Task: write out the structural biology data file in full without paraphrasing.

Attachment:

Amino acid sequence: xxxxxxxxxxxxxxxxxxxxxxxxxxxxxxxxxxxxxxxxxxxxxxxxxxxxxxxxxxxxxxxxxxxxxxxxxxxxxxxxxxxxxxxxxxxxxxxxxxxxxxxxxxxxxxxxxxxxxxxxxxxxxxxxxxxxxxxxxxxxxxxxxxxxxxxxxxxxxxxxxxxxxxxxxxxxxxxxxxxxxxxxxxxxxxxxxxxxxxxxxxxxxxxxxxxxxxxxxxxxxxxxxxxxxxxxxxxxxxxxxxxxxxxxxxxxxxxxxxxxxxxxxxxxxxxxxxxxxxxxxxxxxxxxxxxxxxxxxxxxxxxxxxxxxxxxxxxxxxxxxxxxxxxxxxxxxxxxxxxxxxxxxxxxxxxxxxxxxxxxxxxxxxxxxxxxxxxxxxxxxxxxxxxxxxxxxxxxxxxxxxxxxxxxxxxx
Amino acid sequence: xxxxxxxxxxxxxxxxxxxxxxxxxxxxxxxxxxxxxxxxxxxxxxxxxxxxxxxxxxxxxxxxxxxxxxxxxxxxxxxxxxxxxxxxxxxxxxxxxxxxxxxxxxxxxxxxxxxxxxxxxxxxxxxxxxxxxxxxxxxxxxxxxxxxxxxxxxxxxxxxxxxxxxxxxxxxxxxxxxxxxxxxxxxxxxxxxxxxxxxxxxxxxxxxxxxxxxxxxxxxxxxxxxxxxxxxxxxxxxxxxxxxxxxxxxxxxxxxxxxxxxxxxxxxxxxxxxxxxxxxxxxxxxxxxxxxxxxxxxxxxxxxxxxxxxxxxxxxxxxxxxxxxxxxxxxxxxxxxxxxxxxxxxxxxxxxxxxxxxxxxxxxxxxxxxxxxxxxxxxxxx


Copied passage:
Amino acid sequence: xxxxxxxxxxxxxxxxxxxxxxxxxxxxxxxxxxxxxxxxxxxxxxxxxxxxxxxxxxxxxxxxxxxxxxxxxxxxxxxxxxxxxxxxxxxxxxxxxxxxxxxxxxxxxxxxxxxxxxxxxxxxxxxxxxxxxxxxxxxxxxxxxxxxxxxxxxxxxxxxxxxxxxxxxxxxxxxxxxxxxxxxxxxxxxxxxxxxxxxxxxxxxxxxxxxxxxxxxxxxxxxxxxxxxxxxxxxxxxxxxxxxxxxxxxxxxxxxxxxxxxxxxxxxxxxxxxxxxxxxxxxxxxxxxxxxxxxxxxxxxxxxxxxxxxxxxxxxxxxxxxxxxxxxxxxxxxxxxxxxxxxxxxxxxxxxxxxxxxxxxxxxxxxxxxxxxxxxxxxxxxxxxxxxxxxxxxxxxxxxxxxxxxxxxxxx
Amino acid sequence: xxxxxxxxxxxxxxxxxxxxxxxxxxxxxxxxxxxxxxxxxxxxxxxxxxxxxxxxxxxxxxxxxxxxxxxxxxxxxxxxxxxxxxxxxxxxxxxxxxxxxxxxxxxxxxxxxxxxxxxxxxxxxxxxxxxxxxxxxxxxxxxxxxxxxxxxxxxxxxxxxxxxxxxxxxxxxxxxxxxxxxxxxxxxxxxxxxxxxxxxxxxxxxxxxxxxxxxxxxxxxxxxxxxxxxxxxxxxxxxxxxxxxxxxxxxxxxxxxxxxxxxxxxxxxxxxxxxxxxxxxxxxxxxxxxxxxxxxxxxxxxxxxxxxxxxxxxxxxxxxxxxxxxxxxxxxxxxxxxxxxxxxxxxxxxxxxxxxxxxxxxxxxxxxxxxxxxxxxxxxxx